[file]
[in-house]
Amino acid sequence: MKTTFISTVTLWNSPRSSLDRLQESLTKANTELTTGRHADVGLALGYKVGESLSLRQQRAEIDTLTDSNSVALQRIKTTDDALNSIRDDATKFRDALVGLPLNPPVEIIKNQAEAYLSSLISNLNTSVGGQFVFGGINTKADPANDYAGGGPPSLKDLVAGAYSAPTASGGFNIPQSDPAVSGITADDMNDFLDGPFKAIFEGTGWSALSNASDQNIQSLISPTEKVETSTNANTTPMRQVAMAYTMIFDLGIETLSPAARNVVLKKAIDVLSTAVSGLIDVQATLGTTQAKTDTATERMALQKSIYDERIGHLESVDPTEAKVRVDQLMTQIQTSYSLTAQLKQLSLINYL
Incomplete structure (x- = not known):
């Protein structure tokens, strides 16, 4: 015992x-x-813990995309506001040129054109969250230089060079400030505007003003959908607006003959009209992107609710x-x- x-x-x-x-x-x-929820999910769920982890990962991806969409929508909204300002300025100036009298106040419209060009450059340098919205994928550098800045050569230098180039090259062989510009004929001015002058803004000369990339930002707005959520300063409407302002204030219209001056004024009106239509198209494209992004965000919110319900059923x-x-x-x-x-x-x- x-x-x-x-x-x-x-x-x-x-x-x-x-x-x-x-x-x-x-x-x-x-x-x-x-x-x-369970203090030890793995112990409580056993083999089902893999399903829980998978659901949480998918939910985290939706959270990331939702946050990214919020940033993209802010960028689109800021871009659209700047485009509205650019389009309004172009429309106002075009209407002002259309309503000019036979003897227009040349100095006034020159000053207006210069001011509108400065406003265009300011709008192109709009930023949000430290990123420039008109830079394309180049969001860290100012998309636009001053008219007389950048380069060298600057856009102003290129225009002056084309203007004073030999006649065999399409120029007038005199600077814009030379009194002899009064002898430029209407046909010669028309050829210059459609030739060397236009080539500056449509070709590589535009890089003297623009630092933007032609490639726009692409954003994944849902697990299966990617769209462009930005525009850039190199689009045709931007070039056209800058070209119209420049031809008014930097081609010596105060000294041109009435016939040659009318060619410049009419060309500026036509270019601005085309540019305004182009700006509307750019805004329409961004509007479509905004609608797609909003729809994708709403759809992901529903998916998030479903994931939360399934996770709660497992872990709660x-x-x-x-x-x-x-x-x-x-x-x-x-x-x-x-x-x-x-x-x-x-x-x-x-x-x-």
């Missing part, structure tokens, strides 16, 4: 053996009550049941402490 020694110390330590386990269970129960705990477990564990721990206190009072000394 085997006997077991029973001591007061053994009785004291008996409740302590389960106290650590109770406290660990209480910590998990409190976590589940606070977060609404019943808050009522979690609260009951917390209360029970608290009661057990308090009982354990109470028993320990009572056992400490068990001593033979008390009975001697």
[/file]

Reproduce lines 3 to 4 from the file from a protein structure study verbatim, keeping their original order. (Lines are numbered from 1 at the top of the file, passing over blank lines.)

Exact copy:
Incomplete structure (x- = not known):
């Protein structure tokens, strides 16, 4: 015992x-x-813990995309506001040129054109969250230089060079400030505007003003959908607006003959009209992107609710x-x- x-x-x-x-x-x-929820999910769920982890990962991806969409929508909204300002300025100036009298106040419209060009450059340098919205994928550098800045050569230098180039090259062989510009004929001015002058803004000369990339930002707005959520300063409407302002204030219209001056004024009106239509198209494209992004965000919110319900059923x-x-x-x-x-x-x- x-x-x-x-x-x-x-x-x-x-x-x-x-x-x-x-x-x-x-x-x-x-x-x-x-x-x-369970203090030890793995112990409580056993083999089902893999399903829980998978659901949480998918939910985290939706959270990331939702946050990214919020940033993209802010960028689109800021871009659209700047485009509205650019389009309004172009429309106002075009209407002002259309309503000019036979003897227009040349100095006034020159000053207006210069001011509108400065406003265009300011709008192109709009930023949000430290990123420039008109830079394309180049969001860290100012998309636009001053008219007389950048380069060298600057856009102003290129225009002056084309203007004073030999006649065999399409120029007038005199600077814009030379009194002899009064002898430029209407046909010669028309050829210059459609030739060397236009080539500056449509070709590589535009890089003297623009630092933007032609490639726009692409954003994944849902697990299966990617769209462009930005525009850039190199689009045709931007070039056209800058070209119209420049031809008014930097081609010596105060000294041109009435016939040659009318060619410049009419060309500026036509270019601005085309540019305004182009700006509307750019805004329409961004509007479509905004609608797609909003729809994708709403759809992901529903998916998030479903994931939360399934996770709660497992872990709660x-x-x-x-x-x-x-x-x-x-x-x-x-x-x-x-x-x-x-x-x-x-x-x-x-x-x-």